Biographical Database of NAWSA Suffragists, 1890-1920
Biography of Mary Long Alderson, 1860-1940
By Anne L. Foster, archivist and independent researcher, Gardiner, Montana
Recording secretary, Montana Woman Suffrage Association; President, Montana Woman's Christian Temperance Union; Editor, The Woman's Voice; Journalist & Writer
Mary Elizabeth Long was born on June 19, 1860, in South Weymouth, Massachusetts, to Eliza Regan and John E. Long. She was educated under Col. Francis Wayland Parker's "Quincy Method" in Quincy, Massachusetts, and worked as a teacher. She became the 2nd wife of Matthew William Alderson (1855-1924) on September 12, 1888, and moved to his home in Bozeman, Montana. The couple had three daughters: Myrtle A. (1890-1978), Dorothy (1891-1954), and Priscilla D. (1898-1975). Mary died on January 7, 1940, in Bozeman. She was buried in Sunset Hills Cemetery.
Active throughout her life in many local women's clubs, Alderson was a member of the Physical Culture and Improved Dress Club of Bozeman, the State Housekeeper's Society of Bozeman, the Young Women's Christian Association, the Helena Women's Club, and the Helena City Federation. She was also one of the few female members of the Montana Press Association. In 1893, after attending the World's Columbian Exposition in Chicago, Alderson was elected chair of the state's Floral Emblem Campaign, which organized women's clubs and the state's newspapers and resulted in a statewide vote selecting the bitterroot (Lewisia rediviva) as the official state flower. In describing the campaign, Mary later wrote, "Yet there was no romance connected with the selection. It was made in a prosaic, business-like manner--by popular vote. Perhaps that very thing gave it a western flavor. Certainly the uniqueness of its choice was due to the fact that voting was free and that the campaign was conducted by the aid of the newspapers--the most potent means of effective communication among the scattered inhabitants of our great state." Although unrelated to suffrage, the floral emblem campaign in many ways served as a model for successful organizing techniques for a vast, largely rural state. Alderson would later employ similar methods to suffrage and prohibition campaigns.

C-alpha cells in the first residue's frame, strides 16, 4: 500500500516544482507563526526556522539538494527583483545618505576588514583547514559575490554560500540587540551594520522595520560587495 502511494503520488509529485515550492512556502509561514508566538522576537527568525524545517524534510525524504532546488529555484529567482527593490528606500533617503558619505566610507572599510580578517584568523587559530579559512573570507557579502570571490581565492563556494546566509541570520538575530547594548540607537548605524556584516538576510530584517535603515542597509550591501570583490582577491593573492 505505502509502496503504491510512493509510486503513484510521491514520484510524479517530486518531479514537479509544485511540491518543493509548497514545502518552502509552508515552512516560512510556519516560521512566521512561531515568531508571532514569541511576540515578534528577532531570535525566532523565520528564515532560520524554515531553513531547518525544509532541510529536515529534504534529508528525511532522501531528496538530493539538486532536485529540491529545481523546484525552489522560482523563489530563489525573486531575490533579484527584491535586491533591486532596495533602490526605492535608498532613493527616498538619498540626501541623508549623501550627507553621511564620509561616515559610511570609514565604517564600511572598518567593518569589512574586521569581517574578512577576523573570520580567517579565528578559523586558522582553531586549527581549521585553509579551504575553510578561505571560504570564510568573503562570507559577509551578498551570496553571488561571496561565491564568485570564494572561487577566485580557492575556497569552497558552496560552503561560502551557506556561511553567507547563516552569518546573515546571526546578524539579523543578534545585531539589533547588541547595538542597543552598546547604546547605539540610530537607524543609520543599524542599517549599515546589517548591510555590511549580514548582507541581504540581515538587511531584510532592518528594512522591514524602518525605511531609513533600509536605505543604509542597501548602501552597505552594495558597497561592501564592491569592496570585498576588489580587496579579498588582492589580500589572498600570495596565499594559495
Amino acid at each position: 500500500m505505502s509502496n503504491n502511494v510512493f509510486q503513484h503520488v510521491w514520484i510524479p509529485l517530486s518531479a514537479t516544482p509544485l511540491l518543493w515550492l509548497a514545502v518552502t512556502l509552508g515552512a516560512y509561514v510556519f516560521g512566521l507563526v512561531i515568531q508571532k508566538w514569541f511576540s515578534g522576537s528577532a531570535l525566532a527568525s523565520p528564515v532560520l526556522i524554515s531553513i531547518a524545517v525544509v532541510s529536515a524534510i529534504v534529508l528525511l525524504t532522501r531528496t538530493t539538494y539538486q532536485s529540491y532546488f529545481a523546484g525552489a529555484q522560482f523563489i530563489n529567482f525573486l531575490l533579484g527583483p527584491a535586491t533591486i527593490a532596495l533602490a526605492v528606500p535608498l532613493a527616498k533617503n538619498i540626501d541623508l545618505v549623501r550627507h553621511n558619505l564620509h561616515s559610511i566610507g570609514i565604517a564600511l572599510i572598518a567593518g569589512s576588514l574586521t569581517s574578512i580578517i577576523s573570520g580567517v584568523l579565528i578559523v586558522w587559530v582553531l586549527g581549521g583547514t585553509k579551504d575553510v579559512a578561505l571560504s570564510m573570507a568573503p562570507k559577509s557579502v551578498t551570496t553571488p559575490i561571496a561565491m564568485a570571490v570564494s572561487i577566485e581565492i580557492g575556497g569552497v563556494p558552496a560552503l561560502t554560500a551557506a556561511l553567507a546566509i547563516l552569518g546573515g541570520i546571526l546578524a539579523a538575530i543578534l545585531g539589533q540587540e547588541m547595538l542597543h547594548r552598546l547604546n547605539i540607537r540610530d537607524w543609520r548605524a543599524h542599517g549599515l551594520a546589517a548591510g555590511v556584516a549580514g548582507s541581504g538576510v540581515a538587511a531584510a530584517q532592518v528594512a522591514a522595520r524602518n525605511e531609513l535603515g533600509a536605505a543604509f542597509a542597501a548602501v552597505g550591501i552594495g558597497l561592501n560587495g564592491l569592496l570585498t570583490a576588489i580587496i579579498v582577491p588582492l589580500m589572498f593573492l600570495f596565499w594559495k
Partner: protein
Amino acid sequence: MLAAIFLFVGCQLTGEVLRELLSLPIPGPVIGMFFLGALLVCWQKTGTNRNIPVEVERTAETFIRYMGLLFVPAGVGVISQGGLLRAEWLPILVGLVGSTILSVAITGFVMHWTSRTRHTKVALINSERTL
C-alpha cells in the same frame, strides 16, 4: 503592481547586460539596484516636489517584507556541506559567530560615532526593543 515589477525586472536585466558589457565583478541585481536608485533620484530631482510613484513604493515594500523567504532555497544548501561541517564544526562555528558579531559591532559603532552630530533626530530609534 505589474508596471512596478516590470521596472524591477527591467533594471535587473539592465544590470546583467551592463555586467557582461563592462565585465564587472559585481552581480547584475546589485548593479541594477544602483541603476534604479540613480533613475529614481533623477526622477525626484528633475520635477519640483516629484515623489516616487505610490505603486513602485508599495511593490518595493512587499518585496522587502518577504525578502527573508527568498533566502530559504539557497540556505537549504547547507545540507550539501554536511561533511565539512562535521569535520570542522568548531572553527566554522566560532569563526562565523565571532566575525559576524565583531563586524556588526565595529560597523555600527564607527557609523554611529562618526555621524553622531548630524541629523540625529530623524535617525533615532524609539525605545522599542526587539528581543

In 1895, Alderson served as a delegate to the first meeting of the Montana Women's Suffrage Association and was elected recording secretary for the new association. The following year, she joined the Bozeman chapter of the Woman's Christian Temperance Union (WCTU) and was sent as a delegate to the state convention. There, she was elected Superintendent of the Press Department for the statewide organization. She continued to serve in statewide roles for both groups for many years. In 1913, she was elected president of the state WCTU and coordinated the group's efforts toward the successful 1914 suffrage campaign. Alderson organized a statewide neighbor-to-neighbor campaign by her members and personally travelled forty-five hundred miles across the state for the cause. In her manuscript "A Half Century of Montana Women's Progress," Mary writes, "Very systematic work was done between 1911 and 1913 by all the different suffrage organizations. We worked with some unity and gave Miss Rankin the leadership in getting a bill through the Legislature in 1913. . . . The W.C.T.U. made a strenuous campaign of its own, with headquarters, meetings, parades, speakers, and distribution of literature, which included special pamphlets written by Mrs. Alderson [sic] on ‘Montana Laws on Public Morals' and ‘Montana Laws on Legal Status of Women.'" Montana became the twelfth star in the woman's suffrage flag on November 3, 1914.